Many law school graduates are entering the workforce unable to write well. The legal field requires so much writing, yet law schools emphasize neither writing nor practical skills. We need not overhaul law school curricula to address the problem. Cognitive science teaches us that students internalize material when they understand the context. Without context, even the best planned lessons will remain only “shallow knowledge.” To create “deep knowledge,” we must provide context: students must know why they are writing. For example, a student asked to write a motion to dismiss the complaint has the best chance of success if they understand the story of how the parties arrived at that juncture and what lies ahead. Providing students with the story surrounding a writing assignment helps students internalize writing skills; it also imparts practical skills, leading eventually to better writers and more proficient junior lawyers.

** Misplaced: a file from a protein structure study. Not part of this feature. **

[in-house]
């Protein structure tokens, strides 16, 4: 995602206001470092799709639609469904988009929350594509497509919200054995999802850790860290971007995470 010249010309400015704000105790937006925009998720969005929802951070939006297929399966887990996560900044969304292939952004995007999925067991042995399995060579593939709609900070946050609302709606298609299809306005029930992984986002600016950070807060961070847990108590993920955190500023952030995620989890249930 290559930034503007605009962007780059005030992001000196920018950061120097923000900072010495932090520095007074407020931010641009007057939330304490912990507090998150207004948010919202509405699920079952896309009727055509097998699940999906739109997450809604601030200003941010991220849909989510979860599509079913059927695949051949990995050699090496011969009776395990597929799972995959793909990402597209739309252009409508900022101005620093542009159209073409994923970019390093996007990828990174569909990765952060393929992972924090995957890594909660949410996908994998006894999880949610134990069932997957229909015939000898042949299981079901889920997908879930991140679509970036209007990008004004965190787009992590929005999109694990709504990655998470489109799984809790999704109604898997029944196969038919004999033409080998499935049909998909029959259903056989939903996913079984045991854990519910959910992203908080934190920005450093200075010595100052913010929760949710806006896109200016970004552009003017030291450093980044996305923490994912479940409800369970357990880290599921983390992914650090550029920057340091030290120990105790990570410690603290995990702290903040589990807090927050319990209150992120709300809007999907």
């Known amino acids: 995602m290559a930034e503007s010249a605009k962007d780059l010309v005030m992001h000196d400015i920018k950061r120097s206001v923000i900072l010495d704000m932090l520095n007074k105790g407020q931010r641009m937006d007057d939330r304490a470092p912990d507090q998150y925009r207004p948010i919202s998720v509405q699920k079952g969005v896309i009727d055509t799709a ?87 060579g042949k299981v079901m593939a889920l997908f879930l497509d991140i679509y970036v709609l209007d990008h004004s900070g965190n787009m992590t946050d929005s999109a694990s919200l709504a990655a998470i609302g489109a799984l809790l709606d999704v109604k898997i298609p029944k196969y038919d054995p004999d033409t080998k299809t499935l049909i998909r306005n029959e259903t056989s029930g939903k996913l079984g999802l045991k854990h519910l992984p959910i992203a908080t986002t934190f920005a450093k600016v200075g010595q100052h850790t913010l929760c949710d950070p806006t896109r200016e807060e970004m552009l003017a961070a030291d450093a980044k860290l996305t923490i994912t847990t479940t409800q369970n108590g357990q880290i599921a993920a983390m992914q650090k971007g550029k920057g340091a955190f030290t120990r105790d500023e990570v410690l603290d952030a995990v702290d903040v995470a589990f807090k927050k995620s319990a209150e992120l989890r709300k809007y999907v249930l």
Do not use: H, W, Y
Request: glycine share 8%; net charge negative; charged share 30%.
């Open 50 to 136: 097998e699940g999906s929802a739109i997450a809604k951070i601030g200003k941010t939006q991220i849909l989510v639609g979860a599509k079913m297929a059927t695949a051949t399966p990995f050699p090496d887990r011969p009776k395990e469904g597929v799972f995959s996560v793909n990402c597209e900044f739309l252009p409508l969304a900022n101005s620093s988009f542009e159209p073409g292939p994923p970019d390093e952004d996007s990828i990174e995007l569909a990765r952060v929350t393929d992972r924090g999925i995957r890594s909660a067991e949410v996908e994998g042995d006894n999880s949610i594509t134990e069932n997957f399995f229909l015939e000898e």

Included in

Law Commons